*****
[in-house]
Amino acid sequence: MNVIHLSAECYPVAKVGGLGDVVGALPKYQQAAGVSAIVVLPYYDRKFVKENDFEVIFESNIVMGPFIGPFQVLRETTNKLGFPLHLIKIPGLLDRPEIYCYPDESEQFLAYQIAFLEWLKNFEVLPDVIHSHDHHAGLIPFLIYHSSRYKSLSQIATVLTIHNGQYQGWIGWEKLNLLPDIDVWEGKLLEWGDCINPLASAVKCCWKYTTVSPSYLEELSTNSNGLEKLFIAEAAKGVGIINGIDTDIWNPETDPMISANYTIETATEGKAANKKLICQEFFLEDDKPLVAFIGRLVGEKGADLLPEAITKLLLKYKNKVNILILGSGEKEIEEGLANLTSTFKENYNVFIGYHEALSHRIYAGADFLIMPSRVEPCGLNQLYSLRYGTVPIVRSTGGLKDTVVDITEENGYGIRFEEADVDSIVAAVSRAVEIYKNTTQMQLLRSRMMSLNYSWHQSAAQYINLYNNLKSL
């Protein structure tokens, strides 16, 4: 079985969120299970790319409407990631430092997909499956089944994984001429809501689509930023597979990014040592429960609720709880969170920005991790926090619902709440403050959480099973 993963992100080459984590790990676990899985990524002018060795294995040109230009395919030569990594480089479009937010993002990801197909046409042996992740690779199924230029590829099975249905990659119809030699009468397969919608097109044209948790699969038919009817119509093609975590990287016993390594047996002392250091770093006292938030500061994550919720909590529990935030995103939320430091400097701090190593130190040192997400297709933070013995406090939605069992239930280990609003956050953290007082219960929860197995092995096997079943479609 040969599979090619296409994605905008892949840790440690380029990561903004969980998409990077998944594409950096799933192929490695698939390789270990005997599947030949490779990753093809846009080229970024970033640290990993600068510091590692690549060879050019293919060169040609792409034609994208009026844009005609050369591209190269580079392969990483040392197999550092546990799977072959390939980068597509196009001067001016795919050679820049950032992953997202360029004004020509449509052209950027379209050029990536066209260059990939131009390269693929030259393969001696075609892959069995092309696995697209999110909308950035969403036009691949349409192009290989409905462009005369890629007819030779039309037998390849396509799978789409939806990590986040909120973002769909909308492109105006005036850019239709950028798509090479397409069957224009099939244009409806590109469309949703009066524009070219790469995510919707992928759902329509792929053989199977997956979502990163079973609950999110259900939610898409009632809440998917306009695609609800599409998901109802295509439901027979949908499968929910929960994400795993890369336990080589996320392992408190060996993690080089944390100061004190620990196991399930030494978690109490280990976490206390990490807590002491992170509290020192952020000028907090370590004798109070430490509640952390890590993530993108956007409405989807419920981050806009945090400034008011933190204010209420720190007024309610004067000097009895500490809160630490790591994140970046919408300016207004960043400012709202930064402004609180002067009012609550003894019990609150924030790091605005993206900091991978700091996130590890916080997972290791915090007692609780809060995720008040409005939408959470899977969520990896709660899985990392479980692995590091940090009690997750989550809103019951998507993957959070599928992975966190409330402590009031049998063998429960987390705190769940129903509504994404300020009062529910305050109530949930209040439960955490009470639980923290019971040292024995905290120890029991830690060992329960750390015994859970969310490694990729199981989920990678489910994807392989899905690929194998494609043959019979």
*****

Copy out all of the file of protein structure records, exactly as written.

[in-house]
Amino acid sequence: MNVIHLSAECYPVAKVGGLGDVVGALPKYQQAAGVSAIVVLPYYDRKFVKENDFEVIFESNIVMGPFIGPFQVLRETTNKLGFPLHLIKIPGLLDRPEIYCYPDESEQFLAYQIAFLEWLKNFEVLPDVIHSHDHHAGLIPFLIYHSSRYKSLSQIATVLTIHNGQYQGWIGWEKLNLLPDIDVWEGKLLEWGDCINPLASAVKCCWKYTTVSPSYLEELSTNSNGLEKLFIAEAAKGVGIINGIDTDIWNPETDPMISANYTIETATEGKAANKKLICQEFFLEDDKPLVAFIGRLVGEKGADLLPEAITKLLLKYKNKVNILILGSGEKEIEEGLANLTSTFKENYNVFIGYHEALSHRIYAGADFLIMPSRVEPCGLNQLYSLRYGTVPIVRSTGGLKDTVVDITEENGYGIRFEEADVDSIVAAVSRAVEIYKNTTQMQLLRSRMMSLNYSWHQSAAQYINLYNNLKSL
């Protein structure tokens, strides 16, 4: 079985969120299970790319409407990631430092997909499956089944994984001429809501689509930023597979990014040592429960609720709880969170920005991790926090619902709440403050959480099973 993963992100080459984590790990676990899985990524002018060795294995040109230009395919030569990594480089479009937010993002990801197909046409042996992740690779199924230029590829099975249905990659119809030699009468397969919608097109044209948790699969038919009817119509093609975590990287016993390594047996002392250091770093006292938030500061994550919720909590529990935030995103939320430091400097701090190593130190040192997400297709933070013995406090939605069992239930280990609003956050953290007082219960929860197995092995096997079943479609 040969599979090619296409994605905008892949840790440690380029990561903004969980998409990077998944594409950096799933192929490695698939390789270990005997599947030949490779990753093809846009080229970024970033640290990993600068510091590692690549060879050019293919060169040609792409034609994208009026844009005609050369591209190269580079392969990483040392197999550092546990799977072959390939980068597509196009001067001016795919050679820049950032992953997202360029004004020509449509052209950027379209050029990536066209260059990939131009390269693929030259393969001696075609892959069995092309696995697209999110909308950035969403036009691949349409192009290989409905462009005369890629007819030779039309037998390849396509799978789409939806990590986040909120973002769909909308492109105006005036850019239709950028798509090479397409069957224009099939244009409806590109469309949703009066524009070219790469995510919707992928759902329509792929053989199977997956979502990163079973609950999110259900939610898409009632809440998917306009695609609800599409998901109802295509439901027979949908499968929910929960994400795993890369336990080589996320392992408190060996993690080089944390100061004190620990196991399930030494978690109490280990976490206390990490807590002491992170509290020192952020000028907090370590004798109070430490509640952390890590993530993108956007409405989807419920981050806009945090400034008011933190204010209420720190007024309610004067000097009895500490809160630490790591994140970046919408300016207004960043400012709202930064402004609180002067009012609550003894019990609150924030790091605005993206900091991978700091996130590890916080997972290791915090007692609780809060995720008040409005939408959470899977969520990896709660899985990392479980692995590091940090009690997750989550809103019951998507993957959070599928992975966190409330402590009031049998063998429960987390705190769940129903509504994404300020009062529910305050109530949930209040439960955490009470639980923290019971040292024995905290120890029991830690060992329960750390015994859970969310490694990729199981989920990678489910994807392989899905690929194998494609043959019979």